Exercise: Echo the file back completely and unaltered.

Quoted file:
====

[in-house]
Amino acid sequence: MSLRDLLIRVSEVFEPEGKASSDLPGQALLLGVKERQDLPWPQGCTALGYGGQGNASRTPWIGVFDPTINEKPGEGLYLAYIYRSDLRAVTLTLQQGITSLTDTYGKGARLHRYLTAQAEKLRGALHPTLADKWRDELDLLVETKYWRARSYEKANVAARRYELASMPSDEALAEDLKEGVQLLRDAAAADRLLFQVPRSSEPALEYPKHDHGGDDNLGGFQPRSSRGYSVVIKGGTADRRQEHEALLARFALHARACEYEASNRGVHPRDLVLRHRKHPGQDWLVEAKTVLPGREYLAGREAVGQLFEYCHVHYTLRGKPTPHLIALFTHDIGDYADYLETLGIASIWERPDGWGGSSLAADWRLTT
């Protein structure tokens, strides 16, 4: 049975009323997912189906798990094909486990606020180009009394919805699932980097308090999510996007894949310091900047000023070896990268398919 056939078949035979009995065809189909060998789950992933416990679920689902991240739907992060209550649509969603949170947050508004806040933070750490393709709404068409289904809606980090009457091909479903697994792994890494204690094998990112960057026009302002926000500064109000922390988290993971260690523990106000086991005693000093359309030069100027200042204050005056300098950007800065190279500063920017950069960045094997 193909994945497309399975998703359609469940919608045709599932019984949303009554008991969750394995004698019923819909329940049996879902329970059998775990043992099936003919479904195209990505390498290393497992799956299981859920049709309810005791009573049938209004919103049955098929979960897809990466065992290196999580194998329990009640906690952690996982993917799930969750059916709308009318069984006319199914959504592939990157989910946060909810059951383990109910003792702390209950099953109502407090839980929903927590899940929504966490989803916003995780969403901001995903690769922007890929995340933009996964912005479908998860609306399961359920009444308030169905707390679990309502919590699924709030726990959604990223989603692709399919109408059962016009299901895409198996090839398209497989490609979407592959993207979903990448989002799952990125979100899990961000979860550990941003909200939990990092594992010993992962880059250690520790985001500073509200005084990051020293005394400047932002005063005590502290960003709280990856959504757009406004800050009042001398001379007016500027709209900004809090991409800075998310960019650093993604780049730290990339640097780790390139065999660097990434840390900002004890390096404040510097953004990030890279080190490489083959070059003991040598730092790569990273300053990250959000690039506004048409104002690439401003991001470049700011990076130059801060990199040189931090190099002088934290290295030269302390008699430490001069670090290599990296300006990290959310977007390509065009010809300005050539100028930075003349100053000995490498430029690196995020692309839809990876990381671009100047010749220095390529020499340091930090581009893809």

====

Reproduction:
[in-house]
Amino acid sequence: MSLRDLLIRVSEVFEPEGKASSDLPGQALLLGVKERQDLPWPQGCTALGYGGQGNASRTPWIGVFDPTINEKPGEGLYLAYIYRSDLRAVTLTLQQGITSLTDTYGKGARLHRYLTAQAEKLRGALHPTLADKWRDELDLLVETKYWRARSYEKANVAARRYELASMPSDEALAEDLKEGVQLLRDAAAADRLLFQVPRSSEPALEYPKHDHGGDDNLGGFQPRSSRGYSVVIKGGTADRRQEHEALLARFALHARACEYEASNRGVHPRDLVLRHRKHPGQDWLVEAKTVLPGREYLAGREAVGQLFEYCHVHYTLRGKPTPHLIALFTHDIGDYADYLETLGIASIWERPDGWGGSSLAADWRLTT
């Protein structure tokens, strides 16, 4: 049975009323997912189906798990094909486990606020180009009394919805699932980097308090999510996007894949310091900047000023070896990268398919 056939078949035979009995065809189909060998789950992933416990679920689902991240739907992060209550649509969603949170947050508004806040933070750490393709709404068409289904809606980090009457091909479903697994792994890494204690094998990112960057026009302002926000500064109000922390988290993971260690523990106000086991005693000093359309030069100027200042204050005056300098950007800065190279500063920017950069960045094997 193909994945497309399975998703359609469940919608045709599932019984949303009554008991969750394995004698019923819909329940049996879902329970059998775990043992099936003919479904195209990505390498290393497992799956299981859920049709309810005791009573049938209004919103049955098929979960897809990466065992290196999580194998329990009640906690952690996982993917799930969750059916709308009318069984006319199914959504592939990157989910946060909810059951383990109910003792702390209950099953109502407090839980929903927590899940929504966490989803916003995780969403901001995903690769922007890929995340933009996964912005479908998860609306399961359920009444308030169905707390679990309502919590699924709030726990959604990223989603692709399919109408059962016009299901895409198996090839398209497989490609979407592959993207979903990448989002799952990125979100899990961000979860550990941003909200939990990092594992010993992962880059250690520790985001500073509200005084990051020293005394400047932002005063005590502290960003709280990856959504757009406004800050009042001398001379007016500027709209900004809090991409800075998310960019650093993604780049730290990339640097780790390139065999660097990434840390900002004890390096404040510097953004990030890279080190490489083959070059003991040598730092790569990273300053990250959000690039506004048409104002690439401003991001470049700011990076130059801060990199040189931090190099002088934290290295030269302390008699430490001069670090290599990296300006990290959310977007390509065009010809300005050539100028930075003349100053000995490498430029690196995020692309839809990876990381671009100047010749220095390529020499340091930090581009893809």